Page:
This image shows the sequences in the production of a Hubble image of nebula Messier 17:
Here’s another compelling argument for having telescopes that view the universe outside the spectrum of visible light – not everything in the universe emits visible light. There are many phenomena which can only be seen at certain wavelengths of light, for example, in the X-ray part of the spectrum, or in the ultraviolet. When we combine images taken at different wavelengths of light, we can get a better understanding of an object, because each wavelength can show us a different feature or facet of it.
Just like infrared data can be made into something meaningful to human eyes, so can each of the other wavelengths of light, even X-rays and gamma-rays.
Below is an image of the M82 galaxy created using X-ray data from the Chandra X-ray Observatory, infrared data from the Spitzer Space Telescope, and visible light data from Hubble. Also note how aesthetically pleasing the image is despite it not being just optical light:
Though Hubble sees primarily visible light, it can see some infrared. And despite not being optimized for it, and being much less powerful than Webb, it still produced this stunning image of the Horsehead Nebula.
It’s a big universe out there – more than our eyes can see. But with all the telescopes now at our disposal (as well as the new ones that will be coming online in the future), we are slowly building a more accurate picture. And it’s definitely a beautiful one. Just take a look…
…At this Spitzer infrared image of a shock wave in dust around the star Zeta Ophiuchi.
…this Spitzer image of the Helix Nebula, created using infrared data from the telescope and ultraviolet data from the Galaxy Evolution Explorer.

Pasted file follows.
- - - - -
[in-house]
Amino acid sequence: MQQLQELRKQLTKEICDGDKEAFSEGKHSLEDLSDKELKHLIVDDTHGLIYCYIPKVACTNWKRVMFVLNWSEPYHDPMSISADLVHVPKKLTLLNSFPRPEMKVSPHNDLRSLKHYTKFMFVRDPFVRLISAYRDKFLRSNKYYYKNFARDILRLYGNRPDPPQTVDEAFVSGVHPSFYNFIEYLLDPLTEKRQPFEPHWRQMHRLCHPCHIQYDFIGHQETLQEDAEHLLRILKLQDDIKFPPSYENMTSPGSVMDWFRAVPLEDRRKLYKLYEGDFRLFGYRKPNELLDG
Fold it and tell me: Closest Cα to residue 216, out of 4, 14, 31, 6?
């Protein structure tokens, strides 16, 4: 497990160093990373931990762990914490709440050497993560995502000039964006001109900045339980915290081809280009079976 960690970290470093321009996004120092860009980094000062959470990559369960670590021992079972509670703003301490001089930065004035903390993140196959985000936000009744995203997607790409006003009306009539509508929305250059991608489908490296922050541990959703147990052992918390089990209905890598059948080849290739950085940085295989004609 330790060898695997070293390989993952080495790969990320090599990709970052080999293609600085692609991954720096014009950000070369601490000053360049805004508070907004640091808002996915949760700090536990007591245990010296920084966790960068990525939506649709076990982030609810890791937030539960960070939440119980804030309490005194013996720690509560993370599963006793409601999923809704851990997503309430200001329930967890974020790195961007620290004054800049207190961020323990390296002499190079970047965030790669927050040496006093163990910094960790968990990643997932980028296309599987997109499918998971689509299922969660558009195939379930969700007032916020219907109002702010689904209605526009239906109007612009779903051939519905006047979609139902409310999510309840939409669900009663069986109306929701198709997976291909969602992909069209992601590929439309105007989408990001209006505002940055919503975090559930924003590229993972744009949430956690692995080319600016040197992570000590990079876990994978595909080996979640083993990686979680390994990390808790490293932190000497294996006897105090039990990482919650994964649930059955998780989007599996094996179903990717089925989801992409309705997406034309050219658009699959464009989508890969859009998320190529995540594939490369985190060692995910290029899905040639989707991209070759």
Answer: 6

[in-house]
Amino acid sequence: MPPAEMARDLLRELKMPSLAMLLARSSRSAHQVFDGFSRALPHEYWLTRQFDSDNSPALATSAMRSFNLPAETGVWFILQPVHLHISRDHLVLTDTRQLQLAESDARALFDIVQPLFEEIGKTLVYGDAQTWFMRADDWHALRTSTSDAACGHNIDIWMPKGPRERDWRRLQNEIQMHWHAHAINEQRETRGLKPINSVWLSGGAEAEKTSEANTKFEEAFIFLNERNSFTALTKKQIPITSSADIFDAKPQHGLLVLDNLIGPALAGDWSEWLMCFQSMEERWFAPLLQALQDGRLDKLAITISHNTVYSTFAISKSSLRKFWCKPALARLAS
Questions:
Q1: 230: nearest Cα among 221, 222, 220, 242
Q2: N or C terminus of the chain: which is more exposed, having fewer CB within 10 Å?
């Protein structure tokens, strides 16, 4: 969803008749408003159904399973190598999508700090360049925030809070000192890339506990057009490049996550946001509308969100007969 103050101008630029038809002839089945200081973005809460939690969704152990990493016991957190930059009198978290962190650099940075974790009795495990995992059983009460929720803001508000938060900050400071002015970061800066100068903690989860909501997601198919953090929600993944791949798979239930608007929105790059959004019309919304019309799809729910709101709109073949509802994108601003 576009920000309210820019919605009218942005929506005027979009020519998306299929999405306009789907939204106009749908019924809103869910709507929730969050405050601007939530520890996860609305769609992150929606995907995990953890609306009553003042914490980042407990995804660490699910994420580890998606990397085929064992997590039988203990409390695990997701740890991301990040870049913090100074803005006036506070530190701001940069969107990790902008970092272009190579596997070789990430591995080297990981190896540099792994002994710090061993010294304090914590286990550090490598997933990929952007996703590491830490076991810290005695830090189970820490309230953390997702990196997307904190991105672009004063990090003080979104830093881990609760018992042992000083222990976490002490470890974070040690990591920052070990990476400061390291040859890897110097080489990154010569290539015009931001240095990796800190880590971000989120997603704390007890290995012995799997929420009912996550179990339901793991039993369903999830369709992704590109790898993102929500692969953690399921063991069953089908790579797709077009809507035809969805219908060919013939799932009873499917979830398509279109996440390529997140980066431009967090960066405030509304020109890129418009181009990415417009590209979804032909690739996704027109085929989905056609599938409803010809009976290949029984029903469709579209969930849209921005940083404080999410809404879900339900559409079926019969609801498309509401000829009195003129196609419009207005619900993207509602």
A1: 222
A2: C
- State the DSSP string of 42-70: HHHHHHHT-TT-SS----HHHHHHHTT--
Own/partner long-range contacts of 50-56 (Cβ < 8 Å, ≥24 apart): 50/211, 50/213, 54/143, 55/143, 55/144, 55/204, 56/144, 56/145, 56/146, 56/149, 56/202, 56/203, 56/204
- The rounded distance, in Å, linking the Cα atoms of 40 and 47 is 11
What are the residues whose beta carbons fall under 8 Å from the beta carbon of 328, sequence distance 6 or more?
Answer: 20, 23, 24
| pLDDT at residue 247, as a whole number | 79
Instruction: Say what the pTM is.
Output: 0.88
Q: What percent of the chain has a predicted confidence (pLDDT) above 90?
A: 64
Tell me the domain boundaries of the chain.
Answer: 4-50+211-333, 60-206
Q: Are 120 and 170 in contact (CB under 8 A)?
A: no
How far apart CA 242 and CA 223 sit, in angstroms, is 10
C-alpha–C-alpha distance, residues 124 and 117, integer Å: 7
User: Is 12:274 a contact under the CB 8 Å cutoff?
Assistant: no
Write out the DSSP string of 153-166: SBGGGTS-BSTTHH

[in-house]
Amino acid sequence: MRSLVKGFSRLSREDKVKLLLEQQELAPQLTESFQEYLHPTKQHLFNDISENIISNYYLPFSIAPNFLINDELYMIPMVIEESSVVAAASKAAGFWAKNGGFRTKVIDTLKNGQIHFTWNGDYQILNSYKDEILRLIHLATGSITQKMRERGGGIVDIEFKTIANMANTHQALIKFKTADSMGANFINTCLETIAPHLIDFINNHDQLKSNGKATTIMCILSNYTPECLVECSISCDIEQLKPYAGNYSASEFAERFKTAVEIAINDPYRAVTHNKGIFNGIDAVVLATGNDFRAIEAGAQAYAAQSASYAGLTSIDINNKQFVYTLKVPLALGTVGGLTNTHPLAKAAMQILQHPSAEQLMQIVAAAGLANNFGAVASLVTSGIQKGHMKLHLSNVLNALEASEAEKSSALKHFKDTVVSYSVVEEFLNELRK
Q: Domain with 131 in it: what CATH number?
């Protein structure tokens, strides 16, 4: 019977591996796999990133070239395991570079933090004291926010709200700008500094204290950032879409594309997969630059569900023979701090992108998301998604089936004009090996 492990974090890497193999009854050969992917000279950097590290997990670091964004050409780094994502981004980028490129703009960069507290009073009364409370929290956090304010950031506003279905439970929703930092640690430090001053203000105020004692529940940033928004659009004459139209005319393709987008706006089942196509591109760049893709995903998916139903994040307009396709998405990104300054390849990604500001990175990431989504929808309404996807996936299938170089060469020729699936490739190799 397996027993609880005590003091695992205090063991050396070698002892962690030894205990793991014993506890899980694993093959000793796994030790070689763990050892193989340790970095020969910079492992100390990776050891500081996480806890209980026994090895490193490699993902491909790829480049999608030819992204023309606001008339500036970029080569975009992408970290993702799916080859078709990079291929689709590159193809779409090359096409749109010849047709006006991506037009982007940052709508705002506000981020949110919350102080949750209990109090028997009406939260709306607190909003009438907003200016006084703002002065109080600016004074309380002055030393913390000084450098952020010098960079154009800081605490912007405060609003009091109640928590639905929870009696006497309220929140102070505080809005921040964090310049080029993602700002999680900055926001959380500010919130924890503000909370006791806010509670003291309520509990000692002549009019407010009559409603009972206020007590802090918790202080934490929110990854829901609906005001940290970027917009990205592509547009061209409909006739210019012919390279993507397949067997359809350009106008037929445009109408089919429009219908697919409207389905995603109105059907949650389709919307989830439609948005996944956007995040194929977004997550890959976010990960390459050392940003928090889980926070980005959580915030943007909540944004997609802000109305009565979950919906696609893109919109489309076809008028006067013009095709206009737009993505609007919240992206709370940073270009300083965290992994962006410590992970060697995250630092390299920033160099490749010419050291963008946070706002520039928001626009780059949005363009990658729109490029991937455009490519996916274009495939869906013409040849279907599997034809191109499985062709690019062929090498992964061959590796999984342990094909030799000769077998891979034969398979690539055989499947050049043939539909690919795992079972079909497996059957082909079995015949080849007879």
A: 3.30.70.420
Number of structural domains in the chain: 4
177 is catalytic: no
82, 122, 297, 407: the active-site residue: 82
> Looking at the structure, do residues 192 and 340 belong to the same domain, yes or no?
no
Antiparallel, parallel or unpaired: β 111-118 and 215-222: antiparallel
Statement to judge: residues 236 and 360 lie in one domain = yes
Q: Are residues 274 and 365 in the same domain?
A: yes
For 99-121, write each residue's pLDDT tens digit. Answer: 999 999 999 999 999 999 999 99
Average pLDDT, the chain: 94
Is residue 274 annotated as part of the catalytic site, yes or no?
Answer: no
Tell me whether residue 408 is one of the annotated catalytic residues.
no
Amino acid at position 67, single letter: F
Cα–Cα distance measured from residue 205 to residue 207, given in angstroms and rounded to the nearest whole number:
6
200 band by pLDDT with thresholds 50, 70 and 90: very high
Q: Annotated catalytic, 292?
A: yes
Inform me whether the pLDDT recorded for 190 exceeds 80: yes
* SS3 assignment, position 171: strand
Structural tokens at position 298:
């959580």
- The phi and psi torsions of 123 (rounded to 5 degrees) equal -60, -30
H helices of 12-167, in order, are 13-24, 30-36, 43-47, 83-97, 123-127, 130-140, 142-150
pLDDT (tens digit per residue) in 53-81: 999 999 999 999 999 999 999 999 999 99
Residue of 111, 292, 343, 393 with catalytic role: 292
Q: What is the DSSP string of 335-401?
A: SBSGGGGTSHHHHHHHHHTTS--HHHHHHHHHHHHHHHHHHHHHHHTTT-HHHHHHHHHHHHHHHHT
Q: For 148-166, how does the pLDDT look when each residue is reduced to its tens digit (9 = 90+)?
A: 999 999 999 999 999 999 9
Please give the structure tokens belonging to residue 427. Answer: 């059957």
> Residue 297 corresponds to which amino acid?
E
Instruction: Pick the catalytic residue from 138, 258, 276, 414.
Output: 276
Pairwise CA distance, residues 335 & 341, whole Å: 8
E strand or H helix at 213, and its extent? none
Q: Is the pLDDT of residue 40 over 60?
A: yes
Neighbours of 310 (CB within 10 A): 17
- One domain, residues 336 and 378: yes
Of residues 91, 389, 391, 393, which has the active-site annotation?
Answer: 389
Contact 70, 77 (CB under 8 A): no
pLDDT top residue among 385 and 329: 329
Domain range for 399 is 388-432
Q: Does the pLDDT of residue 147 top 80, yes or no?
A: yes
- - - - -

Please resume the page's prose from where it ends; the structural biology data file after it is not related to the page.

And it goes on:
…this image of the “wing” of the Small Magellanic Cloud, created with infrared data from Spitzer and X-ray data from Chandra.
…the below image of the Milky Way’s galactic center, taken with our flying SOFIA telescope. It flies at more than 40,000 feet, putting it above 99% of the water vapor in Earth’s atmosphere– critical for observing infrared because water vapor blocks infrared light from reaching the ground. This infrared view reveals the ring of gas and dust around a supermassive black hole that can’t be seen with visible light.
…and this Hubble image of the Mystic Mountains in the Carina Nebula.
Eagle Nebula: NASA, ESA/Hubble and the Hubble Heritage Team
Hubble Image Processing – Messier 17: NASA/STScI
Galaxy M82 Composite Image: NASA, CXC, JHU, D.Strickland, JPL-Caltech, C. Engelbracht (University of Arizona), ESA, and The Hubble Heritage Team (STScI/AURA)
Horsehead Nebula: NASA, ESA, and The Hubble Heritage Team (STScI/AURA)
Zeta Ophiuchi: NASA/JPL-Caltech
Helix Nebula: NASA/JPL-Caltech
Wing of the Small Magellanic Cloud
X-ray: NASA/CXC/Univ.Potsdam/L.Oskinova et al; Optical: NASA/STScI; Infrared: NASA/JPL-Caltech
Milky Way Circumnuclear Ring: NASA/DLR/USRA/DSI/FORCAST Team/ Lau et al. 2013
Mystic Mountains in the Carina Nebula: NASA/ESA/M. Livio & Hubble 20th Anniversary Team (STScI)